|Title||Compliance in Survey Experimental Studies of Intent|
|C1 Background and Explanation of Rationale||
In a co-authored project with Sarah Kreps, we conducted a survey experiment in May 2017 that tested public concern for the intent behind civilian harm. The results indicate that over half of the respondents (53%) failed to identify the correct intent treatment in the manipulation check. Thus, the experiment was largely unsuccessful in the administration of the treatments—intentional, foreseeable but unintentional, and accidental civilian harm. The results indicate two potential causes for noncompliance: “satisficing,” i.e. insufficient effort in interpreting the content of the scenarios and post-treatment questions by the respondents, and/or “motivated moral reasoning,” i.e. the biasing effect of respondents' moral judgments on their perception of the details of the scenario. The results raise a puzzle about studying the effect of intent on public attitudes in the context of survey experiments—whether noncompliance is a result of lack of respondent motivation or an inherent feature of moral reasoning. I will investigate this puzzle using a survey experiment conducted through Amazon’s Mechanical Turk.
Scholars in the field of international relations will benefit from this study. The distinction between intentional, foreseeable but unintentional and accidental war-time civilian is codified in international humanitarian as the norm of noncombatant immunity—the legal principle that seeks to prevent harm to innocents during war. To date, scholars have not investigated the full-range of intent codified in this norm. The state of literature has, therefore, left scholars with a limited understanding of the impact of the norm of noncombatant immunity on public support for war. This study takes an important step towards improving scholarly knowledge by investigating how to improve data quality in the context of survey experiments that investigate intent and public attitudes towards conflict.
|C2 What are the hypotheses to be tested?||
Satisficing Hypothesis: (a) Respondents who engage in speeding are more likely to misperceive the intent behind civilian harm. (b) Survey policies that deter speeding will result in higher rates of compliance.
Motivated Moral Reasoning Hypothesis: (a) Liberals and individuals who judge harm as immoral are more likely to impute stronger intent, control and causation than conservatives and individuals who judge the harm as moral. (b) Survey policies that deter speeding will not result in higher rates of compliance.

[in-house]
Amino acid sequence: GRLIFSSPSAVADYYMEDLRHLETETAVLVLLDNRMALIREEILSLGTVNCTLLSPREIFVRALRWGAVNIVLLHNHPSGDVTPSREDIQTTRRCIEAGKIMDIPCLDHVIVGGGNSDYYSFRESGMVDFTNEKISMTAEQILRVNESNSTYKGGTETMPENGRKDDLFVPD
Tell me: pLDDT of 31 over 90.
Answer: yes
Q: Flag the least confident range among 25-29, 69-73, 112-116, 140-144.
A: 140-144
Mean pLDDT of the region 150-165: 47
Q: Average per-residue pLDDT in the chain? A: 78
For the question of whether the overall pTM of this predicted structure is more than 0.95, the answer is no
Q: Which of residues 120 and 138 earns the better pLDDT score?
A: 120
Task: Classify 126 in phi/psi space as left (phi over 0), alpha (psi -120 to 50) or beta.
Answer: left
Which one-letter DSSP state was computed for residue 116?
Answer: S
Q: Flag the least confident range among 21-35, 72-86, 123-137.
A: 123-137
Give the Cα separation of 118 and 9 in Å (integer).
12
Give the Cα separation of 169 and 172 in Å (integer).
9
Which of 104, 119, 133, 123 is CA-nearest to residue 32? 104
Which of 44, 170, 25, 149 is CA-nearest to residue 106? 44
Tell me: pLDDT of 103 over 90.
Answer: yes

|C3 How will these hypotheses be tested? *||
The survey will be fielded through Amazon’s Mechanical Turk. Participants will be given the option to complete an original survey that will take about 8 to 10 minutes. All participants will be asked to read a hypothetical scenario in which U.S. military leaders authorize airstrikes against a terrorist organization which has taken over towns in a country in West Africa. The airstrikes result in civilian casualties, which the leaders anticipated but did not directly intend prior to authorizing the airstrikes. The study will use a 2x2 mixed design. Participants will be randomly assigned to a treatment condition (T2 and T4) in which they are asked to commit to reading the scenario and questions carefully. Participants in the treatment condition will also be notified when they read questions faster than 215 milliseconds per word and asked whether or not they would like to reconsider the question. Participants who are randomly assigned to the control condition (T1 and T3) will NOT be asked to commit to careful reading nor notified when reading too quickly. Within the treatment and control conditions, participants will also be randomly assigned to receive one of two versions of the scenario. In the first scenario (T1 and T2), the intent behind the civilian casualties will be described as anticipated but not intentional. The second scenario (T3 and T4) will describe the intent in this way, while also stipulating that the airstrikes weakened the terrorist organization’s ability to carry out attacks.
Intent Intent + Effectiveness
After reading the scenario, the survey will collect participants’ answers to follow-up questions about whether or not they support the airstrikes and believe the leaders’ decision was moral. In addition, participants will be asked several questions testing their ability to recall details of the scenario, such as the intent behind the casualties. Responses to these questions will be used to determine whether or not the survey policy treatment improves compliance. Post-treatment questions will also be included to measure participants’ perception of the intent behind the airstrikes. These questions will determine whether supporters of the airstrikes and conservatives were more likely to misinterpret the civilian casualties as accidental (i.e. unanticipated), and whether opponents and liberals were more likely to misinterpret the casualties as deliberate. Such findings would be evidence of motivated moral reasoning.
|C4 Country||United States|
|C5 Scale (# of Units)||500|
|C6 Was a power analysis conducted prior to data collection?||Yes|
|C7 Has this research received Insitutional Review Board (IRB) or ethics committee approval?||Yes|
|C8 IRB Number||1902008586|
|C9 Date of IRB Approval||February 19, 2019|
|C10 Will the intervention be implemented by the researcher or a third party?||Amazon Mechanical Turk|
|C11 Did any of the research team receive remuneration from the implementing agency for taking part in this research?||No|
|C12 If relevant, is there an advance agreement with the implementation group that all results can be published?||not provided by authors|
|C13 JEL Classification(s)||not provided by authors|